Eupheme knelt behind Tythel, beginning to work on bandaging the still bleeding wound between her wings. “Was that the truth?”
Tythel nodded miserably. “I still…I should have-”
“No,” Eupheme said. The word was an odd combination of tender and firm, friendly and strict. “That would have been worse. What you did was honest. Hard, but honest.”
“If I had, though…he would have…”
Eupheme pulled hard on the bandage. The sudden pressure cut Tythel off with a hiss of pain. “Tythel, listen to me,” Eupheme said. Her words were as firm and as sure as her hands. “A lie to protect someone from a painful truth is far more cruel than honesty could ever be. You wouldn’t have spared him any injury if you’d told him a lie, you just would have set him up for more pain later. It would have broken his heart to learn the truth – that you’d never be able to love him back the way he wanted – if he’d had time to fall in love with you. Instead, you spared him that, and hopefully set him down a path where those feelings could have turned into loving you as a friend, or a comrade-in-arms, and eventually as his Queen. You saved him from that anguish.”
“But…” Tythel choked on the words. “Eupheme, he’s gone. You don’t recover from injuries like that. Even a Lumcaster…they’d have to use so much Light that it would turn him into one of those monsters that guards the Lumwells.”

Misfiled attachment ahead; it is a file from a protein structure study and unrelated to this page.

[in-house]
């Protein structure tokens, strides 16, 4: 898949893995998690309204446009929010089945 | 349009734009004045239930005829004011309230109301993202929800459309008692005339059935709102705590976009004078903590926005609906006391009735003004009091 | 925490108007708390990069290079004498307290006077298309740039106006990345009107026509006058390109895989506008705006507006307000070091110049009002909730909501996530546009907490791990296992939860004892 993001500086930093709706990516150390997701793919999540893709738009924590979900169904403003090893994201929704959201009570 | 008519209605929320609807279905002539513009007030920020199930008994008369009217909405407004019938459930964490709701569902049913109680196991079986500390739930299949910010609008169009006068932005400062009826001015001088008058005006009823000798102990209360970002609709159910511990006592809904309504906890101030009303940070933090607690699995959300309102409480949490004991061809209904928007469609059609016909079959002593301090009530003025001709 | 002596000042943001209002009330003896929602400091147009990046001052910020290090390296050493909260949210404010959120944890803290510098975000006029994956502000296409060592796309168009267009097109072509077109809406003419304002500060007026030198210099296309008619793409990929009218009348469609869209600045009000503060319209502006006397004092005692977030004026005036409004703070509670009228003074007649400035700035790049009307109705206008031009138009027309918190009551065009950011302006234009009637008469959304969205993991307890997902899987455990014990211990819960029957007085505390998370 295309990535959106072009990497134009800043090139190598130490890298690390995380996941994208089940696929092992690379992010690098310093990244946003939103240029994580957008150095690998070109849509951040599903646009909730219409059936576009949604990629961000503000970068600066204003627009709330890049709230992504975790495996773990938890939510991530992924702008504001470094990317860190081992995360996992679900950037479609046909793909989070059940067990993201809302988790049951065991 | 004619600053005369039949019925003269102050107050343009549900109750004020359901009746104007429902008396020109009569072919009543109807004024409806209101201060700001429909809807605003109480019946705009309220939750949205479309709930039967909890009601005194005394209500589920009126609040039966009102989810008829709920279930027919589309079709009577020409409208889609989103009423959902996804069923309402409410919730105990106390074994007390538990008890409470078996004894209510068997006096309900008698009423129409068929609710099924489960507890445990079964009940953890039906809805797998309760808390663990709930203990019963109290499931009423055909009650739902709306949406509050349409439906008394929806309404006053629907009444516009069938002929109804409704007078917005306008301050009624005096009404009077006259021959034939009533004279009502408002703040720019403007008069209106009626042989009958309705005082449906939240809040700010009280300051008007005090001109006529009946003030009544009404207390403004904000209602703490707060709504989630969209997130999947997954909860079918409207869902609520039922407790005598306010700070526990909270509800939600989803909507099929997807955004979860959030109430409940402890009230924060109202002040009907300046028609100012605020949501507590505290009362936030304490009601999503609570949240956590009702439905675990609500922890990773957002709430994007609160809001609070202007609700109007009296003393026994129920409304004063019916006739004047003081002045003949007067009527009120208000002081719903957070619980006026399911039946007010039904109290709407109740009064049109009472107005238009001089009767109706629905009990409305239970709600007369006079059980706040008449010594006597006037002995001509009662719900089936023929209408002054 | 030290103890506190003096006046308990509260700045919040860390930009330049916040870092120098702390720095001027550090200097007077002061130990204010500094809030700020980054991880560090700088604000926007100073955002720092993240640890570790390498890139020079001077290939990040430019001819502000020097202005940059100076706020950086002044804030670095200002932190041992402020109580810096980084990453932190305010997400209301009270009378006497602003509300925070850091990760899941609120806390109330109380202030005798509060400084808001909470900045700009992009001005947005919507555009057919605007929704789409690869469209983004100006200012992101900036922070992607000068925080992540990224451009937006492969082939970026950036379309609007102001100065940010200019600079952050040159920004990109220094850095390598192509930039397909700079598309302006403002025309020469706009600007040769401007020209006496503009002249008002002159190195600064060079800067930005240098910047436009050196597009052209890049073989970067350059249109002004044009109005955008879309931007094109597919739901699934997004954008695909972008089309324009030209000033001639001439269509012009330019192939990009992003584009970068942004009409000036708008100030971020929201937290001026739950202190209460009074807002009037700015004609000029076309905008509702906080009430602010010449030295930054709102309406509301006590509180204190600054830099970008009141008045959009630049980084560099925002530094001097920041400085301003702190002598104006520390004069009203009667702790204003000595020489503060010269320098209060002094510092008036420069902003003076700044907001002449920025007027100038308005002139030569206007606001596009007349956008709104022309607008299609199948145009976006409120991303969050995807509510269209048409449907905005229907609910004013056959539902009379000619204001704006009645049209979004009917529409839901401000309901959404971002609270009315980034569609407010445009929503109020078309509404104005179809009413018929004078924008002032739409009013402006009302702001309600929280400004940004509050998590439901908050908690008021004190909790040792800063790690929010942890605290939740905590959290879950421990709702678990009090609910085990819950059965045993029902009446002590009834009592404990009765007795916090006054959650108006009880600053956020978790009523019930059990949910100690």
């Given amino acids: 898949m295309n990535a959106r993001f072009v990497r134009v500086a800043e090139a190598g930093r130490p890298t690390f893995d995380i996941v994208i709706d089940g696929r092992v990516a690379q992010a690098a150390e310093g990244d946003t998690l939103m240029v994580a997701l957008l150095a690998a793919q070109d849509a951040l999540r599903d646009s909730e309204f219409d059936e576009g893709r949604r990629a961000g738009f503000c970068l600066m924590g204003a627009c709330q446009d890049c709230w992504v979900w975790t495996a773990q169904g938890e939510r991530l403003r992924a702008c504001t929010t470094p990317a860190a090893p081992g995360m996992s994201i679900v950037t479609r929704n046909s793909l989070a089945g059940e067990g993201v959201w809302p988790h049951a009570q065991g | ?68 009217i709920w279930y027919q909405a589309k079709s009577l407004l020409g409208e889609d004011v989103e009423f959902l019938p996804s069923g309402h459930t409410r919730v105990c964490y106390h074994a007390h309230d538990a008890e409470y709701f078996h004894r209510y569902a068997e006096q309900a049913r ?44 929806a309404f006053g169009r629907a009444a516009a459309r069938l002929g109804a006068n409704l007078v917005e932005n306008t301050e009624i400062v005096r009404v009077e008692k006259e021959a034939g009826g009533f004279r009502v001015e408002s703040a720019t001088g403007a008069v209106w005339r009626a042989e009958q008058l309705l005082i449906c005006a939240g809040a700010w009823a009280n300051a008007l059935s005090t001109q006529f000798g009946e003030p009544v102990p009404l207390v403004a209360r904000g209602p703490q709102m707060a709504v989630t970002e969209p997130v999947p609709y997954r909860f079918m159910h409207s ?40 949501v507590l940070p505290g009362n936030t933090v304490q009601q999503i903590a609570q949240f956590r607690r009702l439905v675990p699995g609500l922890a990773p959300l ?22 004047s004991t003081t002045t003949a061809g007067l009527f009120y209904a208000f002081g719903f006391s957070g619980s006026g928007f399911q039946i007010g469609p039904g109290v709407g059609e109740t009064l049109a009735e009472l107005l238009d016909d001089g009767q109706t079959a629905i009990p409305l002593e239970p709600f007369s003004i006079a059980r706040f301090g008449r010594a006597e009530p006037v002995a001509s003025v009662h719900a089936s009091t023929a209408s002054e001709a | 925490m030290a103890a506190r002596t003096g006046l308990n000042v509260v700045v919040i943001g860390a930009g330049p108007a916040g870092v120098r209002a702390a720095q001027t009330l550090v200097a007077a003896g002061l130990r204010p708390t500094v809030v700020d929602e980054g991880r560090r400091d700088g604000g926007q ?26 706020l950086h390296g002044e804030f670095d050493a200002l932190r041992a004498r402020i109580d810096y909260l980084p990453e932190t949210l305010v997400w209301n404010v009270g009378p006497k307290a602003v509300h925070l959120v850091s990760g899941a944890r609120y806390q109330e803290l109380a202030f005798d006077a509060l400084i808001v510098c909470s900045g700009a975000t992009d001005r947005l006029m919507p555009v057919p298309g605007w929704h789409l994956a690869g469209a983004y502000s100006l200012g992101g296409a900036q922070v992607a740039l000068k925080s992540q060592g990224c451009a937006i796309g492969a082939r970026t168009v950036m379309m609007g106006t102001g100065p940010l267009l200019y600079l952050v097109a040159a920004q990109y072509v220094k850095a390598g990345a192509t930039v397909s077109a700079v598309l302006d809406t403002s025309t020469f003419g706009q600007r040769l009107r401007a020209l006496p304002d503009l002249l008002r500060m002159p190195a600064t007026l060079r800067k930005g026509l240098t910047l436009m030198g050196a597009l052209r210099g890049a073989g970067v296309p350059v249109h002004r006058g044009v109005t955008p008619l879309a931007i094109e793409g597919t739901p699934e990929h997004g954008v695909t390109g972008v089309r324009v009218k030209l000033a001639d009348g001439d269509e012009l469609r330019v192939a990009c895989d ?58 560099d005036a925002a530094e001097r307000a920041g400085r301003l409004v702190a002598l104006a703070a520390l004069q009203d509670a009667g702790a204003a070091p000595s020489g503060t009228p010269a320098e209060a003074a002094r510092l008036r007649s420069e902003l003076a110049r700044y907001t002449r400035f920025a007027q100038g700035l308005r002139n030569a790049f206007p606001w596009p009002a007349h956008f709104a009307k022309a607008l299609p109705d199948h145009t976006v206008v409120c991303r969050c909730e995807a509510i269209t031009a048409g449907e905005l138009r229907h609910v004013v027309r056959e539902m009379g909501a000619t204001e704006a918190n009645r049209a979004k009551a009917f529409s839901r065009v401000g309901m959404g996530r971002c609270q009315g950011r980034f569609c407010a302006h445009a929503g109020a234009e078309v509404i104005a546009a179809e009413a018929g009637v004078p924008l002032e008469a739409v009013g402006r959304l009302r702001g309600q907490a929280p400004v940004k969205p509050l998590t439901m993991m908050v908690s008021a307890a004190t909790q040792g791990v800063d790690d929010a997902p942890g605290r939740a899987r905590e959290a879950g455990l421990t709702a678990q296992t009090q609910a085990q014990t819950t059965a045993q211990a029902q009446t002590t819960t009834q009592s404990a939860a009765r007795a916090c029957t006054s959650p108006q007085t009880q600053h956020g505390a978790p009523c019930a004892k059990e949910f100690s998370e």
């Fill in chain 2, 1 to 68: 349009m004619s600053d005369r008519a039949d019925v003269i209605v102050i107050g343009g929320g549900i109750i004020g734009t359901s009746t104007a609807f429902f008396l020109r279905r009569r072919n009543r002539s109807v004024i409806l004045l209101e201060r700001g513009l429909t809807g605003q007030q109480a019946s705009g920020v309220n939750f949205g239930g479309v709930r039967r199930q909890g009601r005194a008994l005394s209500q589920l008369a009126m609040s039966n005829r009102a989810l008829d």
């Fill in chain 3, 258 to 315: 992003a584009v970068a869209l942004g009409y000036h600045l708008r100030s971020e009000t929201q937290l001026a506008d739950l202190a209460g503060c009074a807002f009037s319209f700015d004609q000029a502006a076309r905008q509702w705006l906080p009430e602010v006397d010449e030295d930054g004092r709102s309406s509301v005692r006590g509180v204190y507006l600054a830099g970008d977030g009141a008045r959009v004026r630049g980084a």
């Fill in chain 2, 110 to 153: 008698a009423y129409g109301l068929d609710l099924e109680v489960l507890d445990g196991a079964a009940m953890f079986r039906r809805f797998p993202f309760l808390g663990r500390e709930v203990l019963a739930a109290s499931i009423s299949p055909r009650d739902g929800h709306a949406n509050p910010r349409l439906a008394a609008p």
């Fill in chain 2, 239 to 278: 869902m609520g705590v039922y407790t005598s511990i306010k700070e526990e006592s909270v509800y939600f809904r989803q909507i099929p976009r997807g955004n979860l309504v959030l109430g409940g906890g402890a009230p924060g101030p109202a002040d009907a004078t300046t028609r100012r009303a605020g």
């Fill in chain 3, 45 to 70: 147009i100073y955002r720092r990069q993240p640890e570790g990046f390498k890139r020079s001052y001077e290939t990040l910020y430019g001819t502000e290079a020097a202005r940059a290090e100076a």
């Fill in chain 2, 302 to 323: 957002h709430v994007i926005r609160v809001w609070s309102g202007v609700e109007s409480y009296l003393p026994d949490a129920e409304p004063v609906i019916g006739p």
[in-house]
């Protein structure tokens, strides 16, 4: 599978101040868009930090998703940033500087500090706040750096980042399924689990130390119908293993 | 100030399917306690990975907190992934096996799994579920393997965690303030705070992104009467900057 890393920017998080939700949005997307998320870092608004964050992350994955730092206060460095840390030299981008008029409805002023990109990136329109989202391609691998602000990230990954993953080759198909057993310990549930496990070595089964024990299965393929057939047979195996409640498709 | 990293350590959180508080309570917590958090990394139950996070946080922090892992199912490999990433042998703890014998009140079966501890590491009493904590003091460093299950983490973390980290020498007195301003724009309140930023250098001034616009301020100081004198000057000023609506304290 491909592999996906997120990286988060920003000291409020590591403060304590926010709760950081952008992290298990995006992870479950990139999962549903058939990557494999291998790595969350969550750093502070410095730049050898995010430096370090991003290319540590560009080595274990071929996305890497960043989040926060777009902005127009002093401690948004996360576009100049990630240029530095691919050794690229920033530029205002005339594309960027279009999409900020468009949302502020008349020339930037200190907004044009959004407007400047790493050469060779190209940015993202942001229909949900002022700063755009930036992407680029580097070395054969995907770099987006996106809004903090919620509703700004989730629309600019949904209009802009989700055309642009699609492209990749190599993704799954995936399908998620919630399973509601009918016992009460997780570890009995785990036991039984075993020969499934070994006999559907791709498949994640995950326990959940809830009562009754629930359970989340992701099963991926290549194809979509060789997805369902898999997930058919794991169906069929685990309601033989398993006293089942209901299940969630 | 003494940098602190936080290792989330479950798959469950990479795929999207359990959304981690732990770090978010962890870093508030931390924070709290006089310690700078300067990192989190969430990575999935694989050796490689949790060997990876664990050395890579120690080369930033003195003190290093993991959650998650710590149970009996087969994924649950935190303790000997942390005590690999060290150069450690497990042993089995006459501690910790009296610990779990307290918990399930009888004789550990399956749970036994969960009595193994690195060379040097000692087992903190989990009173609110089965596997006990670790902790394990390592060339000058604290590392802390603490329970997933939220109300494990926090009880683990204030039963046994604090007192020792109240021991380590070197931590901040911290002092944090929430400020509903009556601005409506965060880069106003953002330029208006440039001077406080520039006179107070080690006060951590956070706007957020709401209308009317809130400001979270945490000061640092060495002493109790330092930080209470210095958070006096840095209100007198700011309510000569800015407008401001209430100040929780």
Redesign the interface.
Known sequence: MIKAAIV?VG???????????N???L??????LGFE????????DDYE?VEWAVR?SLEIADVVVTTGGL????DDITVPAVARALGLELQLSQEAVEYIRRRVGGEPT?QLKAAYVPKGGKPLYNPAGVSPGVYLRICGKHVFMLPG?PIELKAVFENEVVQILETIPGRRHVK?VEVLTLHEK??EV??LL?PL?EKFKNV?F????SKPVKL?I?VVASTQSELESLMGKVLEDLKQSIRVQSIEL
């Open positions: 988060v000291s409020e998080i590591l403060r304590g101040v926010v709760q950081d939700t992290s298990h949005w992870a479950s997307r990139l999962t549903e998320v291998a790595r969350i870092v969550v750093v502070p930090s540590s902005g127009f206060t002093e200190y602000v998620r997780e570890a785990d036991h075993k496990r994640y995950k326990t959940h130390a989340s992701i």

“Does Heartflame create monsters?” Eupheme asked.
Anger rose unbidden, and Tythel snarled the next words. “I don’t know how to use Heartflame. I can’t help him.”
“Not yet.” If Tythel’s anger got through to Eupheme, she didn’t show it in the slightest. “But you learned Ghostflame to defeat Rephylon. You grew wings to survive Catheon. You will learn Heartflame. This is a lingering wound. We have the Skitterer. We’ll get him back to town. We’ll put him in in the care of someone with the Alohym tools. They’ll keep him alive. They can keep him alive for years. And then, when you learn Heartflame, you’ll return, and you’ll restore him. But that only happens if we start moving now. If we don’t get him care soon, his brain will swell with fluids and he’ll die.” Eupheme tied off the bandage. “So…can you move?”
Tythel was tired. She was so tired, and in so much pain. She wanted to lay on the grass and sleep for the next decade.
But Eupheme had given her real hope. And hope is more powerful than fear or love or anger or hate when it comes to finding strength you’d thought depleted.
“Do you have an arcell?” Tythel asked.
Eupheme handed her one. Carefully, Tythel drew a thin line along it with her talon. Light began to leak out of the crack, and Tythel dropped it in the armor. It wouldn’t contain enough to mutate Tellias, and it certainly wouldn’t contain enough to revive him, but it would stabilize him enough to survive the journey. “Stay with him. Scavengers still dwell here, and they might come if we leave him alone. I’ll go get the-”
“You stay with him,” Eupheme said, cutting her off. “I’ll go get the Skitterer and Leora. You stay here.” She stood up and gave Tythel a tired smile. “After all…what is better for scaring off scavengers than a dragon?”
Tythel’s eye flickered in appreciation, and Eupheme vanished into a nearby shadow.
Now, there was nothing to do by wait and hope.